The South Korean government held a meeting on Thursday, to discuss whether to resume its use of the death penalty. The meeting comes at a time of public anger, following the arrest of a man for the alleged murder of seven women.
South Korea became abolitionist in practice in December 2007, following a decade-long unofficial moratorium on executions. The country’s last executions were carried out on 31 December 1997, when 23 people were put to death.
In an open letter to South Korea’s President Lee Myung-bak on Friday, Amnesty International’s Secretary General Irene Khan urged him not to reverse South Korea’s recent practice by carrying out the death penalty.
Acknowledging the South Korean public’s concern at the recent murders, Irene Khan said: “I would like to stress that our opposition to the death penalty does not in any way distract from the sympathy for the victims of violent crimes and their loved ones.
“However, Amnesty International opposes the death penalty in all cases and considers it a violation to the right to life and the ultimate cruel, inhuman and degrading punishment.”
Thursday’s meeting, between members of the ruling Grand National Party, the Korean National Police and the Ministries of Justice and Public Administration and Security, discussed whether to execute 58 inmates currently on death row and to introduce life imprisonment without the possibility of commutation.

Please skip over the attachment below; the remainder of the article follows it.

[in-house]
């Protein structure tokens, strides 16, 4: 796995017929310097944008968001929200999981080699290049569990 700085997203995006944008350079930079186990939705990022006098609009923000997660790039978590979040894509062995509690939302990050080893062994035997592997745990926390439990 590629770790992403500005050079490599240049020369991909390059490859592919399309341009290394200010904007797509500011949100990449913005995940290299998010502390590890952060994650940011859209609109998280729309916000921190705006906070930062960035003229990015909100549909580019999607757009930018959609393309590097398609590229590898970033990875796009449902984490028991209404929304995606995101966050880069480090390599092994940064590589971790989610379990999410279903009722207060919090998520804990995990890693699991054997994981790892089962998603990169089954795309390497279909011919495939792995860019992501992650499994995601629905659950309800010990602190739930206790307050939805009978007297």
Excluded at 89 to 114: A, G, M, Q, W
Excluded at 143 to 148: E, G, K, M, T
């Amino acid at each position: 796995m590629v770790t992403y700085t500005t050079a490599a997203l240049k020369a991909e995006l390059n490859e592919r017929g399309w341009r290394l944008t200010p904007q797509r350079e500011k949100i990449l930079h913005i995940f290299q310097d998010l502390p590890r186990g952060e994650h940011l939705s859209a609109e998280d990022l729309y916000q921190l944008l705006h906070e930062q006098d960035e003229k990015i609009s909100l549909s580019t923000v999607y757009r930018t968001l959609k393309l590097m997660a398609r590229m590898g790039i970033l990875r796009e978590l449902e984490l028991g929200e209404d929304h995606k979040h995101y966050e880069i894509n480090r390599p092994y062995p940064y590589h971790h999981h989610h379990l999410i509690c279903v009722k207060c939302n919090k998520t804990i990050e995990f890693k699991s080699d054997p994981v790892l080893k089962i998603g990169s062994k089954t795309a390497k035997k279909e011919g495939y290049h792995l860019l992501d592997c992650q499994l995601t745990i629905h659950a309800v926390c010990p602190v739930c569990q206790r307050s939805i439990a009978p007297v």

The resumption of executions in South Korea would run counter to the universal protection of human rights at a time when there is a clear international trend toward abolition of the death penalty.
“In the past five years, the governments of Uzbekistan, Rwanda, the Philippines, Greece, Albania, Mexico, Turkey, Bhutan and others have removed capital punishment from their laws,” said Irene Khan.
“One hundred and thirty-eight countries have now abolished the death penalty in law or in practice. Executions have become increasingly rare. In 2007, only 24 countries carried out executions. The figure for 2008 will be very similar.
“I urge the Government of South Korea to signal its embrace of the international trend to move away from using the death penalty and to refrain from reintroducing executions.”